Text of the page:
At The Council on Recovery, we know we can’t solve addiction alone. That’s why training medical and behavioral health professionals is an essential part of our work – and has been since as early as 1955! For ten years, our Mary Bell Behavioral Health Clinical Fellowship has been a pillar in our efforts to train the next generation of behavioral health professionals. We sat down with Nina Tahija, LMSW, our current Mary Bell Behavioral Health Clinical Fellow at the Center for Recovering Families to discuss her experience:
Tell me about yourself and what you do at The Council.
I graduated from University of Houston Graduate College of Social Work in 2021. While I was there, I completed a clinical internship at Baylor Psychiatry Clinic, a trauma fellowship, and a specialization in health and behavioral health. I’m also a trauma-sensitive yoga facilitator. I have a strong passion for providing trauma-informed care for my clients.
I currently work as a Mary Bell Behavioral Health Clinical Fellow. In this role, I co-facilitate psychotherapy groups, lead a Dialectical Behavior therapy-informed skills group, conduct assessments and provide individual therapy.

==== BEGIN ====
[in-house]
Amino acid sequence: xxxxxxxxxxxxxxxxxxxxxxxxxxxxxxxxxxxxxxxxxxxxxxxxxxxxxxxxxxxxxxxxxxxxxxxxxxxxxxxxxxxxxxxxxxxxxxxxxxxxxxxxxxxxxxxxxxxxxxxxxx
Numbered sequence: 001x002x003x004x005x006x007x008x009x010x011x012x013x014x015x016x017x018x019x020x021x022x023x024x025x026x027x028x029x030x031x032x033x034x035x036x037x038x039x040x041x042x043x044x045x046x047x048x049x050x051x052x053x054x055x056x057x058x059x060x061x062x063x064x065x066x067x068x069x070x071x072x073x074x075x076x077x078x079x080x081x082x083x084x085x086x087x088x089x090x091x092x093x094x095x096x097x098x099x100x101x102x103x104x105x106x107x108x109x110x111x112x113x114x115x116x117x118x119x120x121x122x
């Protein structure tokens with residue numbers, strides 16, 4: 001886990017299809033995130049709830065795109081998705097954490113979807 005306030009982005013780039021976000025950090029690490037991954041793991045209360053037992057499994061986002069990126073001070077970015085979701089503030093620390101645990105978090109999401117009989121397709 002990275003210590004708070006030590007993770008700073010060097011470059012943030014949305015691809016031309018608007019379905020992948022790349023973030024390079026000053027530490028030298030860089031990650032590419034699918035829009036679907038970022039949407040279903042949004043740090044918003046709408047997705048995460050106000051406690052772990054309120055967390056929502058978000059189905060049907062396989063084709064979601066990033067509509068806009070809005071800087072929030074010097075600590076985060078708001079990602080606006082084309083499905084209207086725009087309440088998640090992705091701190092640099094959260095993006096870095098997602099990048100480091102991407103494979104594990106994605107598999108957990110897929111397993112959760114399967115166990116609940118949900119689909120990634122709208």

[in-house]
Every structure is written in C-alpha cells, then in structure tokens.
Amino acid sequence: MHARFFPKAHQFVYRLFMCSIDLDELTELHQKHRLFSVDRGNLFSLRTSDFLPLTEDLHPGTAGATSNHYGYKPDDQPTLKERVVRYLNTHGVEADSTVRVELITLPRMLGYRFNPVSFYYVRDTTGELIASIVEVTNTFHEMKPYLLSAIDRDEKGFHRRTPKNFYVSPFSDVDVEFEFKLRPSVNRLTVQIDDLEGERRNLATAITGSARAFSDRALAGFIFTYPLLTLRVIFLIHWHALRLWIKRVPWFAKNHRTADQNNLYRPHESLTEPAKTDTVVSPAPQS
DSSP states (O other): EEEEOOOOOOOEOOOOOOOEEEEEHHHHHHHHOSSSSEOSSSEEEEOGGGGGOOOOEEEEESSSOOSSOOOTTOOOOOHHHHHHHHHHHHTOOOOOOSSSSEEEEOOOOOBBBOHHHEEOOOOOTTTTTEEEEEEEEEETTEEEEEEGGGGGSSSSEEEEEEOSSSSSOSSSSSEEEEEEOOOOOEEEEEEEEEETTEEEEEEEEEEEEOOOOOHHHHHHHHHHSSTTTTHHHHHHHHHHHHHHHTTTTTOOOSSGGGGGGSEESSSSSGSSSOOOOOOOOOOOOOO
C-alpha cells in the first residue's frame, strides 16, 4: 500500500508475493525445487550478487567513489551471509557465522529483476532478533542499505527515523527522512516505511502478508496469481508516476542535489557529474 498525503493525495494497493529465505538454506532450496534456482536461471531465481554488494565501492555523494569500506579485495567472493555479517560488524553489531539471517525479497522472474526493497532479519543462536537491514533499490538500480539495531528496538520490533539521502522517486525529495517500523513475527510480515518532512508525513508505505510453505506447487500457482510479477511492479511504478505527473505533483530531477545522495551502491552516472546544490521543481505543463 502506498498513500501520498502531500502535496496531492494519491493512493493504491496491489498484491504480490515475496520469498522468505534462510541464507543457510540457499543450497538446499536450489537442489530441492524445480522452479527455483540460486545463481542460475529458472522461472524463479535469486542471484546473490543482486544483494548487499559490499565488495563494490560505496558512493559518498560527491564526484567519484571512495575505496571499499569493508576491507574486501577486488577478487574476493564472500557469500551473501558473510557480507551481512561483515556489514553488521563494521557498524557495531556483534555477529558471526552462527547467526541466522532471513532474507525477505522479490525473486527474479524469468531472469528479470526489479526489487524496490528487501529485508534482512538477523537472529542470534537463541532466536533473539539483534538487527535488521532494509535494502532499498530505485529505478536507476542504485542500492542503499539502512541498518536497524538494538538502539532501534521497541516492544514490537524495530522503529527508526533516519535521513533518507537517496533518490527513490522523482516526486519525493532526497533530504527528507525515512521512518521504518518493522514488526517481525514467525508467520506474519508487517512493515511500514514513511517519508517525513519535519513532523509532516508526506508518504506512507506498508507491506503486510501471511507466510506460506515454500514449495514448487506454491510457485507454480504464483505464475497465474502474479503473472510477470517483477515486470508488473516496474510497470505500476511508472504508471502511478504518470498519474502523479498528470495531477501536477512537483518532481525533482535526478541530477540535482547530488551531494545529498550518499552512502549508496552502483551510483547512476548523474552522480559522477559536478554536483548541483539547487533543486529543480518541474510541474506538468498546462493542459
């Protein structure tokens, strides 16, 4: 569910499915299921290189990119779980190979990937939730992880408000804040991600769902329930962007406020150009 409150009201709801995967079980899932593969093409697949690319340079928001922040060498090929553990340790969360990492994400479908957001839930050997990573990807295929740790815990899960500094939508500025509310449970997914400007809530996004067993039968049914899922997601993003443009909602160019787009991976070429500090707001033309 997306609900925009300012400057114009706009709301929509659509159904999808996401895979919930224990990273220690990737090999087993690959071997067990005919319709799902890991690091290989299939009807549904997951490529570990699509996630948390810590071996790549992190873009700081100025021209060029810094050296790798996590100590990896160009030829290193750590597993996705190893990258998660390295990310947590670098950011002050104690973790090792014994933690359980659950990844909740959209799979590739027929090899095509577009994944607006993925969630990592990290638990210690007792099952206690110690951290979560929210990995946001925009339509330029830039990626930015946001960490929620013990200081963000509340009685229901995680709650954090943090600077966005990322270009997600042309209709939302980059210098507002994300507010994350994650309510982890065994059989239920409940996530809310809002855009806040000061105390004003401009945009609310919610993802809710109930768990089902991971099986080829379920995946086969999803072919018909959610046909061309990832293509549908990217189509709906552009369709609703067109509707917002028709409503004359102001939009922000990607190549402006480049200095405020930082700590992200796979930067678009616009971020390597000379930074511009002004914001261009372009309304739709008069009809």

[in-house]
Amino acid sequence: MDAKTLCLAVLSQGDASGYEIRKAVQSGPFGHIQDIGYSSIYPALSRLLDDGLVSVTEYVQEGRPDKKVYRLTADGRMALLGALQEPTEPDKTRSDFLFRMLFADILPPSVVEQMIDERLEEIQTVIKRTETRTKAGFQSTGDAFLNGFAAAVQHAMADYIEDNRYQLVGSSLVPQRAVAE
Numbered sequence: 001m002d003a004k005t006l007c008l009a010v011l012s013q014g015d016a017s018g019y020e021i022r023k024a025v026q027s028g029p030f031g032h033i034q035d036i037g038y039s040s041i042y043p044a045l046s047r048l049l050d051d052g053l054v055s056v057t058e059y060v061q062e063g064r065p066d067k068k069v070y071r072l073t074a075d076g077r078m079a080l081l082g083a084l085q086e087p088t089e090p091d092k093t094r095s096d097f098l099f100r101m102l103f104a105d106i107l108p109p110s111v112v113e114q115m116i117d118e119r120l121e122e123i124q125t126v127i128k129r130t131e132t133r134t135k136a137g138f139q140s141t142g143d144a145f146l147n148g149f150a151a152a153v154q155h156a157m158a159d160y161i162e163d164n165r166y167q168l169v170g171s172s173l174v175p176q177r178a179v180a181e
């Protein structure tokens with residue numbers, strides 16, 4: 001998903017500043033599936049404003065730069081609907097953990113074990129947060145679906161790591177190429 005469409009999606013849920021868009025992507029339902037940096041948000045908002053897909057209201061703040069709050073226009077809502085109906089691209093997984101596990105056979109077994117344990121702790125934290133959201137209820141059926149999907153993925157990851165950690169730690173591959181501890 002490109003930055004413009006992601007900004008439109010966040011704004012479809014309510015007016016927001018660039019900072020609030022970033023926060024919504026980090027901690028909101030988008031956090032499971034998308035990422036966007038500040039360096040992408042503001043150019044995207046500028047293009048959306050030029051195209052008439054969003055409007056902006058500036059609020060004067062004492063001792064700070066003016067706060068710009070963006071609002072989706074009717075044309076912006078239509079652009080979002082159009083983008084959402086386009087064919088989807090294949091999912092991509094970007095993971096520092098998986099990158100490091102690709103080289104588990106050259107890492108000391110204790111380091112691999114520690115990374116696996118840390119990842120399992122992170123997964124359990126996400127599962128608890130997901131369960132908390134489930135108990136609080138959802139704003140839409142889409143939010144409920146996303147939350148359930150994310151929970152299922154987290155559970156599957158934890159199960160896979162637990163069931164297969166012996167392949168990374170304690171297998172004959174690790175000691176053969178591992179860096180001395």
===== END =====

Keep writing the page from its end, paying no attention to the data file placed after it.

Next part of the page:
Why did you want to become a fellow with us?
I was looking for a supportive and collaborative environment to continue honing my clinical skills. I had heard former interns and fellows speak highly of the tremendous growth they got as part of the clinical team, so I thought it would be a natural next step for me. The fellowship program at The Council offered the opportunity to work with individuals struggling with substance abuse and/or other mental health struggles, while receiving intensive training through weekly didactics, supervision, and treatment team meetings.
What are some major takeaways from your experience as a fellow with the Center for Recovering Families?
One of the biggest takeaways for me is the power of connection in one’s recovery. As a group facilitator, I have witnessed the profound impact this space provides for clients to share openly and vulnerably, ask for what they need, and support each other. I also learned the importance to meet clients where they are, understanding that each person has unique lived experiences and are in different parts of their healing journey.
What is some advice you have for people wanting to go into social work and behavioral health?
Know your why for going into this field. Be open to continually reflect on your own experiences, positionality, and biases so you are mindful of the lens that you are working with. Also know that you don’t have to go through this process alone. One of the highlights of my time in graduate school is finding a supportive community through my peers and mentors.